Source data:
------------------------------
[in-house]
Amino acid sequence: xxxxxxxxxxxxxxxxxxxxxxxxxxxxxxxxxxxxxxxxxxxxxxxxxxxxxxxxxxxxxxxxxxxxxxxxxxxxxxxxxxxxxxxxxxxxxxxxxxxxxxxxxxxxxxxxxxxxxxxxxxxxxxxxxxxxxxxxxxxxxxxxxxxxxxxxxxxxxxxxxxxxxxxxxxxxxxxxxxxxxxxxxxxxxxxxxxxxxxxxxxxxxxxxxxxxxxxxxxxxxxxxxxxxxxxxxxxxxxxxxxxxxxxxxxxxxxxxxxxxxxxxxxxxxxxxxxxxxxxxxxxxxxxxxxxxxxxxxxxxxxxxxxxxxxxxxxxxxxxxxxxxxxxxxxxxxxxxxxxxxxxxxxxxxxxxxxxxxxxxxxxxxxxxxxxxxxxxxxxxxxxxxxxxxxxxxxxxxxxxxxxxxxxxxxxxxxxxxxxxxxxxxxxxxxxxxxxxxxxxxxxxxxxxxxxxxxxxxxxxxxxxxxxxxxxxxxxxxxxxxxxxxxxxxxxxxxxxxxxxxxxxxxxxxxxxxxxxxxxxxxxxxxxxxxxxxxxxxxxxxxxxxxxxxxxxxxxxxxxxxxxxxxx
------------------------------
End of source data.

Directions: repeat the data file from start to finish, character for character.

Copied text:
[in-house]
Amino acid sequence: xxxxxxxxxxxxxxxxxxxxxxxxxxxxxxxxxxxxxxxxxxxxxxxxxxxxxxxxxxxxxxxxxxxxxxxxxxxxxxxxxxxxxxxxxxxxxxxxxxxxxxxxxxxxxxxxxxxxxxxxxxxxxxxxxxxxxxxxxxxxxxxxxxxxxxxxxxxxxxxxxxxxxxxxxxxxxxxxxxxxxxxxxxxxxxxxxxxxxxxxxxxxxxxxxxxxxxxxxxxxxxxxxxxxxxxxxxxxxxxxxxxxxxxxxxxxxxxxxxxxxxxxxxxxxxxxxxxxxxxxxxxxxxxxxxxxxxxxxxxxxxxxxxxxxxxxxxxxxxxxxxxxxxxxxxxxxxxxxxxxxxxxxxxxxxxxxxxxxxxxxxxxxxxxxxxxxxxxxxxxxxxxxxxxxxxxxxxxxxxxxxxxxxxxxxxxxxxxxxxxxxxxxxxxxxxxxxxxxxxxxxxxxxxxxxxxxxxxxxxxxxxxxxxxxxxxxxxxxxxxxxxxxxxxxxxxxxxxxxxxxxxxxxxxxxxxxxxxxxxxxxxxxxxxxxxxxxxxxxxxxxxxxxxxxxxxxxxxxxxxxxxxxxx